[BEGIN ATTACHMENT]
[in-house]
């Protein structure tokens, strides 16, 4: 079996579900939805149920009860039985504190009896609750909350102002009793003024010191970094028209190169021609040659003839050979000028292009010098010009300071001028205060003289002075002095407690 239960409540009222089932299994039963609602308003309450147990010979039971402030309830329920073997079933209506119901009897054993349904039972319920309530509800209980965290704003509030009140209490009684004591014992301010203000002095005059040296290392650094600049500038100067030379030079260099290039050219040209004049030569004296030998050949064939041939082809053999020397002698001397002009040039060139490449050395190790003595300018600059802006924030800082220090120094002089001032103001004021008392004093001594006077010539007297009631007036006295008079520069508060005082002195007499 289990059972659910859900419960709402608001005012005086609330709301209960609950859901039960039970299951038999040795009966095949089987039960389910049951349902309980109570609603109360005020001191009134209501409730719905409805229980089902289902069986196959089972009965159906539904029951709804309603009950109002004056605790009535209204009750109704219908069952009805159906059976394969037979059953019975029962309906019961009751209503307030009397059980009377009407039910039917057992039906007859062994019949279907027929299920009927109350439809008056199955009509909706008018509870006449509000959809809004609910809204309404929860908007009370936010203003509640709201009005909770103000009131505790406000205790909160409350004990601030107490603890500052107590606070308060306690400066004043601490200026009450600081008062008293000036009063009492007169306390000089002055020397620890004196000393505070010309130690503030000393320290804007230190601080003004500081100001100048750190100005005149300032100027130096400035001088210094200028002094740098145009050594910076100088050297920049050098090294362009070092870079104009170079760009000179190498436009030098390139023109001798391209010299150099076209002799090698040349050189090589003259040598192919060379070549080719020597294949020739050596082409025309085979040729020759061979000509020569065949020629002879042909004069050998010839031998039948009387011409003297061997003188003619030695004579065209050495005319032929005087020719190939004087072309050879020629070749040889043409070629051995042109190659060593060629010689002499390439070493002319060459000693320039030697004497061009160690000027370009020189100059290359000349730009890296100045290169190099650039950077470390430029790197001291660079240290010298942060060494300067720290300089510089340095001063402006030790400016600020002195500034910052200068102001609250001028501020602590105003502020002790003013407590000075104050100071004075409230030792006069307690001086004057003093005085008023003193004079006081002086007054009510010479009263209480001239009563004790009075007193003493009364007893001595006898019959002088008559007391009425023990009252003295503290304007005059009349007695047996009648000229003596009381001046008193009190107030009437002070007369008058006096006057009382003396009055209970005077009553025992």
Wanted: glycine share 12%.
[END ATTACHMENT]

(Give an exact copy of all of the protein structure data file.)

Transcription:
[in-house]
């Protein structure tokens, strides 16, 4: 079996579900939805149920009860039985504190009896609750909350102002009793003024010191970094028209190169021609040659003839050979000028292009010098010009300071001028205060003289002075002095407690 239960409540009222089932299994039963609602308003309450147990010979039971402030309830329920073997079933209506119901009897054993349904039972319920309530509800209980965290704003509030009140209490009684004591014992301010203000002095005059040296290392650094600049500038100067030379030079260099290039050219040209004049030569004296030998050949064939041939082809053999020397002698001397002009040039060139490449050395190790003595300018600059802006924030800082220090120094002089001032103001004021008392004093001594006077010539007297009631007036006295008079520069508060005082002195007499 289990059972659910859900419960709402608001005012005086609330709301209960609950859901039960039970299951038999040795009966095949089987039960389910049951349902309980109570609603109360005020001191009134209501409730719905409805229980089902289902069986196959089972009965159906539904029951709804309603009950109002004056605790009535209204009750109704219908069952009805159906059976394969037979059953019975029962309906019961009751209503307030009397059980009377009407039910039917057992039906007859062994019949279907027929299920009927109350439809008056199955009509909706008018509870006449509000959809809004609910809204309404929860908007009370936010203003509640709201009005909770103000009131505790406000205790909160409350004990601030107490603890500052107590606070308060306690400066004043601490200026009450600081008062008293000036009063009492007169306390000089002055020397620890004196000393505070010309130690503030000393320290804007230190601080003004500081100001100048750190100005005149300032100027130096400035001088210094200028002094740098145009050594910076100088050297920049050098090294362009070092870079104009170079760009000179190498436009030098390139023109001798391209010299150099076209002799090698040349050189090589003259040598192919060379070549080719020597294949020739050596082409025309085979040729020759061979000509020569065949020629002879042909004069050998010839031998039948009387011409003297061997003188003619030695004579065209050495005319032929005087020719190939004087072309050879020629070749040889043409070629051995042109190659060593060629010689002499390439070493002319060459000693320039030697004497061009160690000027370009020189100059290359000349730009890296100045290169190099650039950077470390430029790197001291660079240290010298942060060494300067720290300089510089340095001063402006030790400016600020002195500034910052200068102001609250001028501020602590105003502020002790003013407590000075104050100071004075409230030792006069307690001086004057003093005085008023003193004079006081002086007054009510010479009263209480001239009563004790009075007193003493009364007893001595006898019959002088008559007391009425023990009252003295503290304007005059009349007695047996009648000229003596009381001046008193009190107030009437002070007369008058006096006057009382003396009055209970005077009553025992």
Wanted: glycine share 12%.